Hi Sandy and welcome to Fiberglass RV.
For years our family had a fold up camper, but the folding and drying out got very tiring after a while. Had a "stick built" trailer for a couple of years, but they can be a total disaster if any leaks
strike! (experience knows) We then moved to a 13' used Trillium(moulded fiberglass) for about 13 or 14 years. It was a great experience, had a couple of small items which were very easily repaired and caused absolutely no issues of concern, no drying out the trailer after a rain storm and nothing rotting where we couldn't see the problem. Also had the advantage of pull into the park, open the door and you are set to go!
In 2004 we moved up to a Casita
equipped in a fashion similar to what you are looking for, and again, moulded fiberglass is the only way to go. Fiberglass trailers fare well in outdoor storage in the Canadian climate, in 30 years I don't believe our Trillium
was ever covered or stored inside in the winter, and with a good coat of wax every spring it still had a very nice patina to the exterior gel coat when we sold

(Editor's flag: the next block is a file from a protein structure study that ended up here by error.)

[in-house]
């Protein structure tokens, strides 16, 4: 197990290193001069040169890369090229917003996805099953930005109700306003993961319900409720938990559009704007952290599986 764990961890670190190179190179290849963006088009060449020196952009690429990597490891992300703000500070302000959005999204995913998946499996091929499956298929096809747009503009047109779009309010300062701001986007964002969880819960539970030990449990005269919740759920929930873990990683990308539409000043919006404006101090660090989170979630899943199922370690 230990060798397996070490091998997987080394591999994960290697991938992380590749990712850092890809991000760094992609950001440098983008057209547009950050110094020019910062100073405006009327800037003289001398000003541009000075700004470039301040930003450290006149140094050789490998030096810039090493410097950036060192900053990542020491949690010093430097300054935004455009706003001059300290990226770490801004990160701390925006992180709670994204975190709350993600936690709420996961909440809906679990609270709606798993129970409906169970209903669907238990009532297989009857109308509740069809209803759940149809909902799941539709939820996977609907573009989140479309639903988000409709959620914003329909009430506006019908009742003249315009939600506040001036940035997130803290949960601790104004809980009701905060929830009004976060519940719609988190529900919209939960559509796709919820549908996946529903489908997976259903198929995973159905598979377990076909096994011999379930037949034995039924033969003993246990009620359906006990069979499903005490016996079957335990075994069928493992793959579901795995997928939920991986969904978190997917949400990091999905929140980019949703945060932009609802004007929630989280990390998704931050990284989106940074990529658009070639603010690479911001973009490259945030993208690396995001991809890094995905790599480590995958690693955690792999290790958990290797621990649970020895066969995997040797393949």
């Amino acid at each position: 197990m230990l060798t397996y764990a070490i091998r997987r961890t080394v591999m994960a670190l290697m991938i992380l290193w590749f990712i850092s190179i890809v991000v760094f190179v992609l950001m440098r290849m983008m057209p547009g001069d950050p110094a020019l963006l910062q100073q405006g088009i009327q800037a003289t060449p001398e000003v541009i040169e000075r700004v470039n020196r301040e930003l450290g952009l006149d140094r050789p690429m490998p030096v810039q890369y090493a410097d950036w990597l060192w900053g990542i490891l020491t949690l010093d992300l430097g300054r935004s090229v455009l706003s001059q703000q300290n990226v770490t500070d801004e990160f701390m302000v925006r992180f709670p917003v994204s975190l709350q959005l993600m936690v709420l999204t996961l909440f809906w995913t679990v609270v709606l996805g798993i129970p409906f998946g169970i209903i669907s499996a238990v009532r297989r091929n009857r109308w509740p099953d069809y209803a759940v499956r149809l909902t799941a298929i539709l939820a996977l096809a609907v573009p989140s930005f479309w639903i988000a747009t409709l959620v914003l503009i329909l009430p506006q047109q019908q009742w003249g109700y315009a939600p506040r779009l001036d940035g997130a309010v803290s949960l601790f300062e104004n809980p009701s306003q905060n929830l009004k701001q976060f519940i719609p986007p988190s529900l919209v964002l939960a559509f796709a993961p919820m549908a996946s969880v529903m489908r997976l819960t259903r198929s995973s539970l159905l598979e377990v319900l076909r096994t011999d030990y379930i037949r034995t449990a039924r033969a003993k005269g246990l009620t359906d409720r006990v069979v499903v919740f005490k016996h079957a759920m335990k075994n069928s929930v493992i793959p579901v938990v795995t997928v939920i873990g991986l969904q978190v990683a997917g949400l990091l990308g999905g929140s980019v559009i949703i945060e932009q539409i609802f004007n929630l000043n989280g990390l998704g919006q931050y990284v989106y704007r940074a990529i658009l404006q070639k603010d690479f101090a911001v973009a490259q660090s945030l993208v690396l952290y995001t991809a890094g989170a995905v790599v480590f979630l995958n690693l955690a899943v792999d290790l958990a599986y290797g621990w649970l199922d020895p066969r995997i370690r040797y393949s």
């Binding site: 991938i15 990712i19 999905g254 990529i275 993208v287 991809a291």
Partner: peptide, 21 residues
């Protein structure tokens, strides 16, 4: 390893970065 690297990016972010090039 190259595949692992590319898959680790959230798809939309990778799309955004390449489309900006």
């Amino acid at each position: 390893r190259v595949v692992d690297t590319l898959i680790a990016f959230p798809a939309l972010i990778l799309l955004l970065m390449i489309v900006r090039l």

it. I think the only storage precaution other than a winter prep of the water systems, that needs to be taken is to wedge a 2x4 against the ceiling to protect against the possibility of a heavy snow load.
If you are looking for a new trailer, Escape
, and Scamp
are the most popular models that fit your described needs. A Bigfoot
would also fill the bill, but the pricing is considerably higher. As for used trailers, you could add a 17' Boler
5500 to the list above. The supply of used fiberglass trailers in Canada with bath is somewhat limited so you may have to look a little further to find what you want.
We bought our Casita
in New York City and imported it into Canada through all the proper channels. It was not a particularly big deal, and only added about $250 to the total cost. If you go that route, there is lots of info on this forum as to what you need to do.
With the Canadian Dollar close to par with the US greenback, the price variances across the border are much easier to swallow than when I bought my trailer.
After over 30 years of owning various trailers, I am totally sold
on moulded fiberglass construction. If we move to a larger trailer it will again be moulded fiberglass, likely a Bigfoot
or a Vista if one is available. A lot of "stick built" trailers today do have flat "filon" fiberglass exterior panels, but do not confuse the construction style with moulded fiberglass. There is a big difference in how the 2 styles of construction tend to stand up.
If you have any specific questions, feel free to ask...someone on the forum will jump in with an answer of some kind!